businessmen and businesswomen, military officers,
professional athletes, journalists, and college professors
--- many of whom teach the very courses which they
received instruction in. And Hillsdale has a student honor
code whose concluding statement proclaims: "Through
education the student rises to self-government." This means
that Hillsdale's students leave Hillsdale well-equipped to
play a role in our ongoing experiment in self-governance
which began when thirteen British colonies declared their
independence from the Crown. The students are informed
on the issues inside and out, they are familiar with the public
officials and the candidates for said offices vying for
election to same, and are knowledgeable on the Constitution
and its importance in our ongoing self-government;
no "low information voters" here! As a matter of fact,
ALL Hillsdale students, regardless of majors and minors,
are required to take a course on the Constitution in order to

And the thing that makes it possible for Hillsdale to provide
such a strong, conservative, principled education, is that
Hillsdale receives no federal money for any of their programs,
nor for anything pertaining to the school in any way, large
or small. Not on dime. Of course Washington has long
schmoozed Hillsdale to get the school to accept federal
money, if only to facilitate student loans and grants to
aid potential students in enrolling; Hillsdale always said,
and continues to say "Nothing doing!", for their officials
know that anything offered by Uncle Sam always has
strings, nay, chains attached! You take Uncle Sam's
money (or whatever else), you submit to his rules!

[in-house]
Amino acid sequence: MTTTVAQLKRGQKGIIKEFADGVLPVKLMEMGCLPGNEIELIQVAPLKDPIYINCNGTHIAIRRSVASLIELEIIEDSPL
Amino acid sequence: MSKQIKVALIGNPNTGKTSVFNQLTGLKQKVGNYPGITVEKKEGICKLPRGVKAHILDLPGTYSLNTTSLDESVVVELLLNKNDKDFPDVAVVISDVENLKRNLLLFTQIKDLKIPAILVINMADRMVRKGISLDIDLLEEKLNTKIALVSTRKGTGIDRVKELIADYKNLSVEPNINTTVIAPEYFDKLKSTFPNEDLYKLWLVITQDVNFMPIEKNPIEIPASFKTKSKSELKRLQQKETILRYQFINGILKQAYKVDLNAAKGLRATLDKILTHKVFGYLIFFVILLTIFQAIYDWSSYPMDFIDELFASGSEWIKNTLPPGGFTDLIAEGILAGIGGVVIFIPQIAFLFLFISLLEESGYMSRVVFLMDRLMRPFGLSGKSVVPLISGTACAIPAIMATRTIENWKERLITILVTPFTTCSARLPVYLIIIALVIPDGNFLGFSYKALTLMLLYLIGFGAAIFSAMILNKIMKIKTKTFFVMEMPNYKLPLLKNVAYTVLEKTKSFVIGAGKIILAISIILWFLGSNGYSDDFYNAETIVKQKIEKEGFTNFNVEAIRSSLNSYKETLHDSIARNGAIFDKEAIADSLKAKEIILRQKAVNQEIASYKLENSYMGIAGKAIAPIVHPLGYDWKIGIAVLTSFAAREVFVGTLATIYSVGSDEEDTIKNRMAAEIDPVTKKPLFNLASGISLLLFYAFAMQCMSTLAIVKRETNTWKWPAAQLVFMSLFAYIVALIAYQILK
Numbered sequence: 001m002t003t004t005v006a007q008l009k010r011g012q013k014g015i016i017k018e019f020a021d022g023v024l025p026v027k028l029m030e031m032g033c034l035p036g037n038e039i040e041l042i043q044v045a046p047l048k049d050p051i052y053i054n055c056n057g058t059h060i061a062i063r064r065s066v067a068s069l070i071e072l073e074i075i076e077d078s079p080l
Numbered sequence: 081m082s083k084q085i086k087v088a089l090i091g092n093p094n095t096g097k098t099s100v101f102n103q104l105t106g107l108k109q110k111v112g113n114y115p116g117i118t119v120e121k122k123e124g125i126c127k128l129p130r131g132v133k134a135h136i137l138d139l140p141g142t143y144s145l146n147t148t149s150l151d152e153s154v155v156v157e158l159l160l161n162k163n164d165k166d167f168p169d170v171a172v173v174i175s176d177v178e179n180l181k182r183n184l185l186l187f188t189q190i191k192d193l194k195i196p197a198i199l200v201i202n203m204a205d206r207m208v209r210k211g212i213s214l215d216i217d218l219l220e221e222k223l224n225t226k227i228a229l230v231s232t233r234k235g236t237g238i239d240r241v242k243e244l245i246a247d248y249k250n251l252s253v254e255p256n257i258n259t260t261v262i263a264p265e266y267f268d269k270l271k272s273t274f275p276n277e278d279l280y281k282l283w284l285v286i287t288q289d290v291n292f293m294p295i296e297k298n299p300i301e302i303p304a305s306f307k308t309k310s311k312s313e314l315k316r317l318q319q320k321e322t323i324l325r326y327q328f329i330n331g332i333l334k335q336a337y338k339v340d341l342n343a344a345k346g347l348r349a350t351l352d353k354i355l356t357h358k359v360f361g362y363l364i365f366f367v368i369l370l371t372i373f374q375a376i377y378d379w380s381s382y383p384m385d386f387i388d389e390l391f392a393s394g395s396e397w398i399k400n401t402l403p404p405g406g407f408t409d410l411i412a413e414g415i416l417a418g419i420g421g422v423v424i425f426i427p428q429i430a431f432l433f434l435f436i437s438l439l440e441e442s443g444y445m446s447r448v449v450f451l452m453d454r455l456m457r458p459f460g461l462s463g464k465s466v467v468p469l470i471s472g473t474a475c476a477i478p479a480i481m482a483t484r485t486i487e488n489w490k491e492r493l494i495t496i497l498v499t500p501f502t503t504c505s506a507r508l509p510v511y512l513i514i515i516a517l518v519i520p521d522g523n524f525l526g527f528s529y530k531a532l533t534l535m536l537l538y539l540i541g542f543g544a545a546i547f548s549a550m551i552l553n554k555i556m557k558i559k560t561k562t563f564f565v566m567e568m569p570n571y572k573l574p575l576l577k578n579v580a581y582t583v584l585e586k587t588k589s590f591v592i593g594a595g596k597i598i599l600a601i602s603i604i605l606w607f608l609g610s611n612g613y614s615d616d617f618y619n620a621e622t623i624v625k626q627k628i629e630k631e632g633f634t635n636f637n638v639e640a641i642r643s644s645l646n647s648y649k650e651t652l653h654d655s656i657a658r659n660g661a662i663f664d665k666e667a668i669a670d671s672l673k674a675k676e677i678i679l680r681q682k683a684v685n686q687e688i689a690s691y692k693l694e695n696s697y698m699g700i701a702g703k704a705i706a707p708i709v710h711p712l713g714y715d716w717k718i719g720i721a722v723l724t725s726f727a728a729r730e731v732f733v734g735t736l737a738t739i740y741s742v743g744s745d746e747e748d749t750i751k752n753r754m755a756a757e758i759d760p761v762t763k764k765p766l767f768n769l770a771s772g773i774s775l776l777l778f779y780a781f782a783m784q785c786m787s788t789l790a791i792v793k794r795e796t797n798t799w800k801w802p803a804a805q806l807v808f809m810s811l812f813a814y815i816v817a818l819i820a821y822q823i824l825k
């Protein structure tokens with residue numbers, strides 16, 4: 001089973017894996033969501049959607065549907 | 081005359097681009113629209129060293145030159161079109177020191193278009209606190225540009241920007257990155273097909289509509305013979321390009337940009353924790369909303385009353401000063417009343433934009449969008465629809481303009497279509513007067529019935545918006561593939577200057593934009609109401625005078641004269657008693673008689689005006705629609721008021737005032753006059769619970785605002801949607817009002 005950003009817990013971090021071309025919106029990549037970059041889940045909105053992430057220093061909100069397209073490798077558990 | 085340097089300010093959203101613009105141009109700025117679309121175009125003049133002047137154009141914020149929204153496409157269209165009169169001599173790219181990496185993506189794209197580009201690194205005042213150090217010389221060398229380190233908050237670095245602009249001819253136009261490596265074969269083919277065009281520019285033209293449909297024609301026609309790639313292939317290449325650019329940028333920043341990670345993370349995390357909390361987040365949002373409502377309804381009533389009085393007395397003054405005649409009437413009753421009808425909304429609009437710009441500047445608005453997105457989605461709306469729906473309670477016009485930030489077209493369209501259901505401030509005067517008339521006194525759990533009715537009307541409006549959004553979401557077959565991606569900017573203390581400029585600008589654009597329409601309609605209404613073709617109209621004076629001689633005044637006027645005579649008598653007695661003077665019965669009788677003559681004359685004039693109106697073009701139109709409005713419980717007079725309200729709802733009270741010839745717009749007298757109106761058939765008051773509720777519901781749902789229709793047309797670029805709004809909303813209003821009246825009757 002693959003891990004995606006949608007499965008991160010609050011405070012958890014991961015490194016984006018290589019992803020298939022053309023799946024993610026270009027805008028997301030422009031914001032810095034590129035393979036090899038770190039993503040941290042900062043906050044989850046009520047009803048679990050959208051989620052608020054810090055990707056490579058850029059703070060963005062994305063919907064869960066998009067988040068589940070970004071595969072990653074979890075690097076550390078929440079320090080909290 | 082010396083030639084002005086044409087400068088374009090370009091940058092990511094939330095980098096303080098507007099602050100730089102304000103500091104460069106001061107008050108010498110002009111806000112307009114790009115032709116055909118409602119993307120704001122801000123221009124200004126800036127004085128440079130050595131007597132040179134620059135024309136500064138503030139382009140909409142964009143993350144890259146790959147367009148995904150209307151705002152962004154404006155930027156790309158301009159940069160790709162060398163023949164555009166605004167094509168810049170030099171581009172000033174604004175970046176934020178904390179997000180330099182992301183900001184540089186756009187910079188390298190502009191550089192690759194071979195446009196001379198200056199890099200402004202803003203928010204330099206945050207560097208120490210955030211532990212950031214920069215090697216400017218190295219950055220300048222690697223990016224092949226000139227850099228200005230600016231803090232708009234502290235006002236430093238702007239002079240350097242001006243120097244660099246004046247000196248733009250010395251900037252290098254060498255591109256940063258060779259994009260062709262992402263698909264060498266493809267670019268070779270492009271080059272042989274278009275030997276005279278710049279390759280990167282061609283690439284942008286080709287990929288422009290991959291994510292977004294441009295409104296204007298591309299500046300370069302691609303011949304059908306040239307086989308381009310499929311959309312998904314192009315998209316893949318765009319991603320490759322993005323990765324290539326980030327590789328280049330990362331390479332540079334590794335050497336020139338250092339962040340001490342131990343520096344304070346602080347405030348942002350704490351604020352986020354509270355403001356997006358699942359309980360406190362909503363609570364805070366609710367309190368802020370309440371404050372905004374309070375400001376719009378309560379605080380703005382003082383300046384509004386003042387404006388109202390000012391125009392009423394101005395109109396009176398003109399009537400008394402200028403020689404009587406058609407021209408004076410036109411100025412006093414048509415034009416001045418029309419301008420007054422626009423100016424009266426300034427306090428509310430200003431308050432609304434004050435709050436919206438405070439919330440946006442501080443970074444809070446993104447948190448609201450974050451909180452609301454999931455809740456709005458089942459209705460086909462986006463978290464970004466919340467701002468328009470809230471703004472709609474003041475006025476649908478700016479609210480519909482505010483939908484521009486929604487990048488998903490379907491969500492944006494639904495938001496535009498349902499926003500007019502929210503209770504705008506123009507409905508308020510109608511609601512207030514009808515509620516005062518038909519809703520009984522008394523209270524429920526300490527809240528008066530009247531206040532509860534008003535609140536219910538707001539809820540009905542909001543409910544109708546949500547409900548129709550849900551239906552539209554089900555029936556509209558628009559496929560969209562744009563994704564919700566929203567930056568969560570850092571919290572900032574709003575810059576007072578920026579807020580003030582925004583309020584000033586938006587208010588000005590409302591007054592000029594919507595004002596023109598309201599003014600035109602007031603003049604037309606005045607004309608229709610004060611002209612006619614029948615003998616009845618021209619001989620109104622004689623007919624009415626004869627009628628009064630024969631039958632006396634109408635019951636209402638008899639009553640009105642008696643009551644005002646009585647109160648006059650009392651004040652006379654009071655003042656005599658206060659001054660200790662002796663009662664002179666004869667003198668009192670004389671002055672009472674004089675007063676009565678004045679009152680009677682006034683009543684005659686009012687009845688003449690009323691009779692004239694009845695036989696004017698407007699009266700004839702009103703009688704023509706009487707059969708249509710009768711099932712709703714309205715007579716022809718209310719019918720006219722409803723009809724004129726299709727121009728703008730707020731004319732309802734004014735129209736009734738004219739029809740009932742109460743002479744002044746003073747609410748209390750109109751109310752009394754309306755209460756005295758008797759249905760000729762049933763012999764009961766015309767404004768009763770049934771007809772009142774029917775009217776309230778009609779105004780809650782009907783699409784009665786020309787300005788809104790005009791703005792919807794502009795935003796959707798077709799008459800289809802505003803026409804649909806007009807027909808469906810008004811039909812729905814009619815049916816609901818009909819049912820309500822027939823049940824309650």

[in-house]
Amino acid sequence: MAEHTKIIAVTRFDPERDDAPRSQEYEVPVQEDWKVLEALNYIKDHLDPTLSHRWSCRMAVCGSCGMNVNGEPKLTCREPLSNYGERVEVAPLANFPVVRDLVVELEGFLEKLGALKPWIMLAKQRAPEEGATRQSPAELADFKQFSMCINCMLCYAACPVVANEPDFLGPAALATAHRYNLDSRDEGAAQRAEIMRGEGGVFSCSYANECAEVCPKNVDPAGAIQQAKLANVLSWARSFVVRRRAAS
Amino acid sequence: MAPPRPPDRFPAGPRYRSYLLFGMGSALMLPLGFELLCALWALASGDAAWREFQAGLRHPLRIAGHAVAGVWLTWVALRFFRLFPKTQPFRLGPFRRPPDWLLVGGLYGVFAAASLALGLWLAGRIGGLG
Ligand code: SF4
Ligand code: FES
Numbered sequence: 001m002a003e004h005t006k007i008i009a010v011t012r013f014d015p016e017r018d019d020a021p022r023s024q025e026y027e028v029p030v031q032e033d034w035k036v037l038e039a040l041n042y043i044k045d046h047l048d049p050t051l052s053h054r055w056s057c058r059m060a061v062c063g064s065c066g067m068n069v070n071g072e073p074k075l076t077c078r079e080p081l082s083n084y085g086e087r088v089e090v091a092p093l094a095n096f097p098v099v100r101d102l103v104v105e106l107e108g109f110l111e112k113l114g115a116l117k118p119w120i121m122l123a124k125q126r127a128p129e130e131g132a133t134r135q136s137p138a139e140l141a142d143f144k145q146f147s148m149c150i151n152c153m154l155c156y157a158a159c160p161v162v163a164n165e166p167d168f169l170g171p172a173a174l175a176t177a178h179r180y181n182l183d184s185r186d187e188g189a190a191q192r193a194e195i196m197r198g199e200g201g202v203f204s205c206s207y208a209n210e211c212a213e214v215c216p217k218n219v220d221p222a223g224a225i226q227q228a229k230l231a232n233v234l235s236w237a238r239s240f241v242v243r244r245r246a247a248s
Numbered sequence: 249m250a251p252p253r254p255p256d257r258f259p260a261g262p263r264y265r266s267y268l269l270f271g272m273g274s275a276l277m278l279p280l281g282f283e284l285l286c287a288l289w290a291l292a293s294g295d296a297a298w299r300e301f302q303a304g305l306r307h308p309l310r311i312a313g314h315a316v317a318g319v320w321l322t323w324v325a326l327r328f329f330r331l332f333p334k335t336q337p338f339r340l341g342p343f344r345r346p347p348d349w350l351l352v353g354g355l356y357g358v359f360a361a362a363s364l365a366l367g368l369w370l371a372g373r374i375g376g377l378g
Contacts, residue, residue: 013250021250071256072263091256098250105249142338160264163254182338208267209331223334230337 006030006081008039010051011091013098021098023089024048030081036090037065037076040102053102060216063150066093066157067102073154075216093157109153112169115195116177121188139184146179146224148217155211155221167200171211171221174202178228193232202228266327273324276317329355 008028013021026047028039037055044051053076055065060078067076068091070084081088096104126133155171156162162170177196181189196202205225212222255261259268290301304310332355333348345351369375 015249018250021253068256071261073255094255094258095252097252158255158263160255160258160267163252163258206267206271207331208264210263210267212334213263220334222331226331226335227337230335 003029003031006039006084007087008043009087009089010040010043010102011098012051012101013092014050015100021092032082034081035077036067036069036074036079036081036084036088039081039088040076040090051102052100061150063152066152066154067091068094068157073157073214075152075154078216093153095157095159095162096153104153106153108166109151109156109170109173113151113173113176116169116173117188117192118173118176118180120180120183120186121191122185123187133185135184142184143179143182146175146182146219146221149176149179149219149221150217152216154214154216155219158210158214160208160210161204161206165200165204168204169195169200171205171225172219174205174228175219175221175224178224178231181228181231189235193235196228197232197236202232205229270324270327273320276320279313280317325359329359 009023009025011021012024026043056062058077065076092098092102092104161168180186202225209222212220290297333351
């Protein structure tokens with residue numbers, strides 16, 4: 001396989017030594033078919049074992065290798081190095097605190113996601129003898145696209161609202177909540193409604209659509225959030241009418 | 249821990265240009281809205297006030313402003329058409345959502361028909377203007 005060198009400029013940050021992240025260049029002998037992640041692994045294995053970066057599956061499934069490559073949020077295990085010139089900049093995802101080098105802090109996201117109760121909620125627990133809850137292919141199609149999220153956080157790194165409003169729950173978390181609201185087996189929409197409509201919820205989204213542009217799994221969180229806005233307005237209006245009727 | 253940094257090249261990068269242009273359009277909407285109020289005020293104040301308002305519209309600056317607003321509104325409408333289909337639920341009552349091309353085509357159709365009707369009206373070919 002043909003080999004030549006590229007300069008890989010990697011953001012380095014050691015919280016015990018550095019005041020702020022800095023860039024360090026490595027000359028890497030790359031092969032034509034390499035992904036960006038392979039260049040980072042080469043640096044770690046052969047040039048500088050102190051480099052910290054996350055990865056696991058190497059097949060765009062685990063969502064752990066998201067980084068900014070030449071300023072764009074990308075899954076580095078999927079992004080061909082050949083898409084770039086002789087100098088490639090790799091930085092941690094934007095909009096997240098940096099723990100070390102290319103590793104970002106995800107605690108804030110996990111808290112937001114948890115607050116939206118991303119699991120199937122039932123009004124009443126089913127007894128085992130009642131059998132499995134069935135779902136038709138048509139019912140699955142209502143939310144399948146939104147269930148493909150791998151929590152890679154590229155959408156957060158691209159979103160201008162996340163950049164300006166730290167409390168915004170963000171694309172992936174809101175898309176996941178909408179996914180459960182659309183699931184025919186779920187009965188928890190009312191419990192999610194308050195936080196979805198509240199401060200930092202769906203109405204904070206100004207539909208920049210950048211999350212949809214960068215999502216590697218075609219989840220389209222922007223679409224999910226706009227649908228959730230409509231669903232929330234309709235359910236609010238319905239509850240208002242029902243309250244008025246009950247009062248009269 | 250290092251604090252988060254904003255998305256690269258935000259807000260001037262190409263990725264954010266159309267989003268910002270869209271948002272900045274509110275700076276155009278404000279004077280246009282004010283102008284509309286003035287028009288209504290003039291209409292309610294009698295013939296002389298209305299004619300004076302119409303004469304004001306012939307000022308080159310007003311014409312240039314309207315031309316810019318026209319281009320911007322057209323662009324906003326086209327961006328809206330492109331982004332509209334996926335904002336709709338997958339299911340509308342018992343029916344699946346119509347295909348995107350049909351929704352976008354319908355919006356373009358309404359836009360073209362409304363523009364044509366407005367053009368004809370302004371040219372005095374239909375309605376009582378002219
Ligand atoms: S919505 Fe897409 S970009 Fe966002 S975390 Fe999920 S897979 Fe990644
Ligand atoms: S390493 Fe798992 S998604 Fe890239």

And those rules would impinge upon Hillsdale's ability
to offer its distinctively conservative curriculum, mandating
that they offer some left-wing courses, i.e. Feminist Studies
and the likes, taking up limited resources for courses created
and taught. Some trade-offs would then need to be made,
resulting in teaching less of Hillsdale's traditional bill of fare
and more leftist-flavored wares. An overwhelming majority
of colleges and universities across the country have such
curriculae because they themselves sup at the government
teat. Here is where Hillsdale is distinctly different.

Academic standards at Hillsdale are towering. Applicants
are required to have a high school GPA of at least 3.8,
an ACT score of at least 29, and an SAT score of at least
1933. And to stay at Hillsdale one has to be most dilligent
in one's studies so as to keep up and to keep on going.
But Hillsdale alums all proudly state that it's all worth it,
as many grads are quickly placed with an employer in their
field of study. Oh, by the way, the graduation rate at Hillsdale
is a robust 82%.

As for the dinner, I had the supreme pleasure of meeting and
conversing with Larry Arnn, a charming and gracious man
as well as a renown scholar, as well as with many fellow
conservatives, some from here in Milwaukee, some from
around Wisconsin, others from around the country. It was
a convention of conservative-minded Americans, united in
our esteem for Hillsdale College and our love for our great
country, our way of life, and the things which make it all
possible. And, of course, the things which help preserve it.
To your awed Peasant, it was heaven on Earth.

Would that there were more colleges and like schools for
our students to attend and receive a truly first-rate,
distinctly liberal (in the original meaning of the word!),
unflinchingly traditional education befitting of a citizenry
of a great and exceptional country!